“Nope, I don’t travel quite that far. Ringling Bros. and Barnum & Bailey Circus. The circus is coming to town next week. Shall we collect some fertilizer?”

The following week, these two middle-aged men prepared John Clark’s Volkswagen bus, called “Camping Bus,” for their mission. By removing the kitchen table, appliances, and bed, Camping Bus became a manure loader. John Clark headed to Holden Road. Excitedly, Bob jumped into the bus and onward to the circus they drove with buckets and shovels loaded in the back. Young hippies passed and waved fingers making a peace sign.

After the elephants disembarked at the train station and walked to the coliseum, with shovels in hand, Bob and John scooped elephant droppings off the streets. They loaded their buckets into Camping Bus and returned to Bob’s garden. And that is when the Big Boy and Big Girl tomatoes grew as fruit on steroids.

In contrast, native tomatoes are small and grow on the slopes of the Andes Mountains, with their center of diversity in Peru. It is thought that cultivated varieties were transported northward to Central America and Mexico by indigenous peoples. In 1550, Italians were the first Europeans to grow and consume tomatoes. Soon other Europeans grew them, but only as ornamentals. Tomatoes were reportedly grown in South Carolina as early as 1710 and within a few decades numerous Carolina plantations grew tomatoes as ornamentals and for food.

Possibly, Margaret’s ancestors grew tomatoes when they settled at Hilton Head and later at the Davant Plantation near Gillisonville,South Carolina. 

Davant Plantation

After Thomas Jefferson started growing and consuming tomatoes, Americans gradually accepted that they were not poisonous, even though they belong to the nightshade family which includes numerous poisonous plants. It took another hundred years for tomatoes to become pureed, salted, and processed into a red and white can by Joseph Campbell.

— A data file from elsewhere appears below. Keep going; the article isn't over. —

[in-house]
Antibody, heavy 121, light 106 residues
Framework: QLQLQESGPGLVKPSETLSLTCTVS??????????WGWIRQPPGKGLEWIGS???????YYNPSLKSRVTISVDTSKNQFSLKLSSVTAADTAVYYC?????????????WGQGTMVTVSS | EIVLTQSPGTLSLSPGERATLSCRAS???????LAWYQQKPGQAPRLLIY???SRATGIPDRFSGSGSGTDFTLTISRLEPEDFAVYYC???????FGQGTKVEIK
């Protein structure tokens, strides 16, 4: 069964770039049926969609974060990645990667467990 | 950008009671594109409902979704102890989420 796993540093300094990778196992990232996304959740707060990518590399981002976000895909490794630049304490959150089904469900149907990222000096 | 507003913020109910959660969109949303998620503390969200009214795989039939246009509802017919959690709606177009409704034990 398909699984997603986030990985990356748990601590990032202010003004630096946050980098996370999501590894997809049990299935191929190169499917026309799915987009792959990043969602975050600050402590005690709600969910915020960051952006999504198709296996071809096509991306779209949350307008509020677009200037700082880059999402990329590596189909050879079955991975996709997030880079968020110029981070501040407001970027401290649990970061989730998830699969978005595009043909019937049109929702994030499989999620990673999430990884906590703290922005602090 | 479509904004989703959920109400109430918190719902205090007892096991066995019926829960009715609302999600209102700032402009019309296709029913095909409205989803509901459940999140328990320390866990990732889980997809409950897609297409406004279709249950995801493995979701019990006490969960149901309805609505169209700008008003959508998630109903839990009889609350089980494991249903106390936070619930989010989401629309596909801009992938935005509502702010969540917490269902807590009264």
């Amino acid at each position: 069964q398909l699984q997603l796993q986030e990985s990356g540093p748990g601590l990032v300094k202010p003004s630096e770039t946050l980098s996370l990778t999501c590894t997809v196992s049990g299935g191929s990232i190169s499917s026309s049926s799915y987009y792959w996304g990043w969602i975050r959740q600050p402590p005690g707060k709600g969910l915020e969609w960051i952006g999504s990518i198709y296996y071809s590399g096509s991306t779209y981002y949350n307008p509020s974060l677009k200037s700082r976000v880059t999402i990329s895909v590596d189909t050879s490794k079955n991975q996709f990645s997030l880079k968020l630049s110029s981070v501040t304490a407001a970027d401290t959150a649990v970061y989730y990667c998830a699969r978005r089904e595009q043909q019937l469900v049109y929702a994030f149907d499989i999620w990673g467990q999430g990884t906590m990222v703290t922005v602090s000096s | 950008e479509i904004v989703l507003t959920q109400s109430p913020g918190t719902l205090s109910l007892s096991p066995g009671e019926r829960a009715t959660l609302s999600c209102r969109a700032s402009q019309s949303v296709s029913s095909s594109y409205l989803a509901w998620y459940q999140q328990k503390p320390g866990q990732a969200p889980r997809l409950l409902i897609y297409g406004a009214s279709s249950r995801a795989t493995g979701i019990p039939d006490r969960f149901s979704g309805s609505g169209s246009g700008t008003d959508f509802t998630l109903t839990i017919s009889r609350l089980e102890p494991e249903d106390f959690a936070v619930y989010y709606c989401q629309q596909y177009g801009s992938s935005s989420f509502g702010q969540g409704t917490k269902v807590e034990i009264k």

But the Bates family did not purchase processed Campbell’s tomato soup once Bob extended the growing season.

 For weeks, Bob sat in his lounge chair in the living room with a pad of paper, pencil and clip board. While watching afternoon cartoons, he pondered and sketched until he developed a satisfactory design for a greenhouse. He applied for a patent. Unfortunately, he was turned down, because others had already patented parts of the design.

The small structure adorned the south side of their home, near Margaret’s rose garden. The frugal gardener built the greenhouse from corrugated plastic, bricks for the floor, cinder blocks and boards for shelves, a window fan for cooling, and heat lamp for warmth. Fifty-five gallon drums were painted black and filled with water to absorb and retain heat during the winter. Additionally, Bob installed a vent between the greenhouse and crawl space under the house where the furnace was located. 

Bob Bates and his Tomatoes

Wild tomato plants require cross pollination by native bees. However, as people extended the range of the plants to areas where the bees were absent, selection tended toward self-pollinating plants. But even with these plants, wind or insects are necessary to transfer pollen from the anthers to the pistils within a flower. Neither wind nor bees are usually present in greenhouses.